Why it matters: Small processors are necessary for livestock farmers and ranchers to stay afloat. Their success lays the foundations for self-reliant local and regional food systems. BIPOC farmers and ranchers are disproportionately being pushed out of the market by monopoly meatpackers. In order to construct a food system where all have the right to share in the prosperity they’ve helped build, BIPOC operations must be intentionally uplifted, because they are being disproportionately harmed.
Curbing Globalized Concentration
What happened: We asked that a federal commission be established to examine the current state of agrifood concentration and its consequences. The commission would recommend how to best change antitrust and other Federal laws to build a fair and competitive marketplace for independent farmers, ranchers, processors, and their communities. In February, Senator Klobuchar introduced the Competition and Antitrust Law Enforcement Reform Act, which authorized several federal agencies to review and report on various aspects of market concentration. The Senator’s legislation contains some of the strongest antitrust provisions Congress has seen in decades.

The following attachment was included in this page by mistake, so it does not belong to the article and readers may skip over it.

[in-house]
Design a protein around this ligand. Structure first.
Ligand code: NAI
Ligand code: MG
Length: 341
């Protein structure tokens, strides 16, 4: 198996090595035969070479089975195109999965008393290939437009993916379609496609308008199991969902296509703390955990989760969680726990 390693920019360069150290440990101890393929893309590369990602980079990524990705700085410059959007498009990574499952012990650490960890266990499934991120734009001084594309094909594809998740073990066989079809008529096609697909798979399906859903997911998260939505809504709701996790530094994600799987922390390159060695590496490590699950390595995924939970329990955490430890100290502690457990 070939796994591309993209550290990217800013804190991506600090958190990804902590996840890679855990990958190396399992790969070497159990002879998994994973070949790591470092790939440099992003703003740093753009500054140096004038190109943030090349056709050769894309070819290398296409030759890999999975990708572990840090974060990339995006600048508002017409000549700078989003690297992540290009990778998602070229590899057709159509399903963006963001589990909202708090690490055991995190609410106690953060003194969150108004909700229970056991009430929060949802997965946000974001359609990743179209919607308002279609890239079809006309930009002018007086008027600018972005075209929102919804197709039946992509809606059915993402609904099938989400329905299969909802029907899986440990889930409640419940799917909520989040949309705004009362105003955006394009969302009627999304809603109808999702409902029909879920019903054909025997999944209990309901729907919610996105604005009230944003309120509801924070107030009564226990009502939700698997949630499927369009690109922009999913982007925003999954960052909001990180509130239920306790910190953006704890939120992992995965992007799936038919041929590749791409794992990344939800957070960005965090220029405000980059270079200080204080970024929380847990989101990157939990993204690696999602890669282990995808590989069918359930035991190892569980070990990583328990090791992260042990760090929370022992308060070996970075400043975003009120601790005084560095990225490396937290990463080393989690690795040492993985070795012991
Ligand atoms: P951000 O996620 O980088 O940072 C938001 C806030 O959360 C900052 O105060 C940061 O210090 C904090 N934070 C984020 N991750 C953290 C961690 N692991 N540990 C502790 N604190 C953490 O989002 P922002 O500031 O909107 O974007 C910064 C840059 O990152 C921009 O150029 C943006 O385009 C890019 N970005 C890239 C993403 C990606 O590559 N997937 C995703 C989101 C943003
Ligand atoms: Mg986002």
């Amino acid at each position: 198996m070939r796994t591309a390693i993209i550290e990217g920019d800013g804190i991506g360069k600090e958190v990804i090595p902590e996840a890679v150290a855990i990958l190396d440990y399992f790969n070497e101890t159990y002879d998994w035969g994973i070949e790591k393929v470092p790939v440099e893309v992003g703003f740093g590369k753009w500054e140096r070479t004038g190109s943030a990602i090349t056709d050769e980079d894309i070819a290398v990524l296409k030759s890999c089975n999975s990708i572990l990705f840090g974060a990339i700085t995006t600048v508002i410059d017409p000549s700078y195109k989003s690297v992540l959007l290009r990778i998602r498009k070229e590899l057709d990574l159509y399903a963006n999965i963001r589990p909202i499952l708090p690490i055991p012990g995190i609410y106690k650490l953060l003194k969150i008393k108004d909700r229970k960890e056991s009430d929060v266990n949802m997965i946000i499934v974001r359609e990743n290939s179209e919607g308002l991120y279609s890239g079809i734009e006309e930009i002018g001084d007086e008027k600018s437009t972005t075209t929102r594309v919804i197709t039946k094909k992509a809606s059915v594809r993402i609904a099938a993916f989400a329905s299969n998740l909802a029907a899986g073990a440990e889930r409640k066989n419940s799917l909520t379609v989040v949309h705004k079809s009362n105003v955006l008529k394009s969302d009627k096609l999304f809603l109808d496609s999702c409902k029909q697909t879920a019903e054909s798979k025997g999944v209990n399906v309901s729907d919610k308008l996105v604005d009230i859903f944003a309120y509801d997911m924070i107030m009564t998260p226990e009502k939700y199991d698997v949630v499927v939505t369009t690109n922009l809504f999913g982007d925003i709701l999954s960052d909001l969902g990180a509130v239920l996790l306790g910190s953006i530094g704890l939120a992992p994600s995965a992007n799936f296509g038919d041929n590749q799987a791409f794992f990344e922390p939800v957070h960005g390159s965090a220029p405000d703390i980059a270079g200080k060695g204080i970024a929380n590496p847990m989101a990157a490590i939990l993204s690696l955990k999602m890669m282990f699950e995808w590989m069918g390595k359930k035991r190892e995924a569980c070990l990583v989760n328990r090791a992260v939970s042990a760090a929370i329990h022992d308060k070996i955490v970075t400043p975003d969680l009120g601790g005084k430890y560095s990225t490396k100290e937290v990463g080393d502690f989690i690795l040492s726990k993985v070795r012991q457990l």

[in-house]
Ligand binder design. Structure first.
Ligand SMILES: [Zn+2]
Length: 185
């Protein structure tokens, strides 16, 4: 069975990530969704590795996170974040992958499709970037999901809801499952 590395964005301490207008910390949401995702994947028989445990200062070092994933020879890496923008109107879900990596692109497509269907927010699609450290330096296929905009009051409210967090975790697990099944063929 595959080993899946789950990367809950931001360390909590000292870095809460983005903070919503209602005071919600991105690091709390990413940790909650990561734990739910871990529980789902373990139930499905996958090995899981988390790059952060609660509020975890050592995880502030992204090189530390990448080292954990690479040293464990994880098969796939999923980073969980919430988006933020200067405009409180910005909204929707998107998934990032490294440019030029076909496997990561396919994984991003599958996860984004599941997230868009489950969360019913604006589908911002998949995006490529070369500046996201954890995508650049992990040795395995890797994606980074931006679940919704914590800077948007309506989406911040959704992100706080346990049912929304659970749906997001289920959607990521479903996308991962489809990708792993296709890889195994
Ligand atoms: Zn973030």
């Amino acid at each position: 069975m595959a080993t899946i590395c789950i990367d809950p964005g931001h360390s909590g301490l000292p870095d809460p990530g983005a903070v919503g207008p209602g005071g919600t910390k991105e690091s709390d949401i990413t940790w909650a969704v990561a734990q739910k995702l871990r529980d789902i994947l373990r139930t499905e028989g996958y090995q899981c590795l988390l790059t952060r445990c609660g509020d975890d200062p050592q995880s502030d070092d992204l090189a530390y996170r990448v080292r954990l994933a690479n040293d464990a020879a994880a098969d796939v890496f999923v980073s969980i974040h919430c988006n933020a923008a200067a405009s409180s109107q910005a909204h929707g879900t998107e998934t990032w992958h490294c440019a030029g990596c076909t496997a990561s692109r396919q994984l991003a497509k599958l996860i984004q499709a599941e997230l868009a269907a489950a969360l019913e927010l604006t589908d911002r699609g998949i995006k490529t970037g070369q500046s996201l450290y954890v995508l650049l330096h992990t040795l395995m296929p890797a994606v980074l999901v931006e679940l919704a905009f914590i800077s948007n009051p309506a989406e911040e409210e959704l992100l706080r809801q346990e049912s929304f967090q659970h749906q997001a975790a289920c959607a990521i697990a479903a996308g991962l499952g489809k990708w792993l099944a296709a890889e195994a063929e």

Why it matters: It has been too long since comprehensive antitrust laws have been passed, since then we have seen the rise of unprecedented monopoly power in the agrifood industry and beyond. This legislation is a historic step towards curbing monopolies and building a more just, democratized food system.
Transitioning to a Just and Resilient Food System
What happened: We asked Congress to pass the Climate Stewardship Act. The Farm Action team had worked closely with Senator Booker in formulating the original legislation which was filed in 2019. This April, Senators Booker and Gillibrand and Representative Spanberger introduced the act in the Senate and House respectively.
Why it matters: Family Farm Action Alliance’s president Joe Maxwell said it best: “The United States spends over 25 billion dollars a year in farm subsidies. The majority of these taxpayer dollars are going to prop up a failed industrial monoculture farm system that is simply not ecologically nor financially sustainable. It is time we invest in agriculture practices that benefit the farmer while contributing to climate change solutions. That is exactly what the Climate Stewardship Act does.”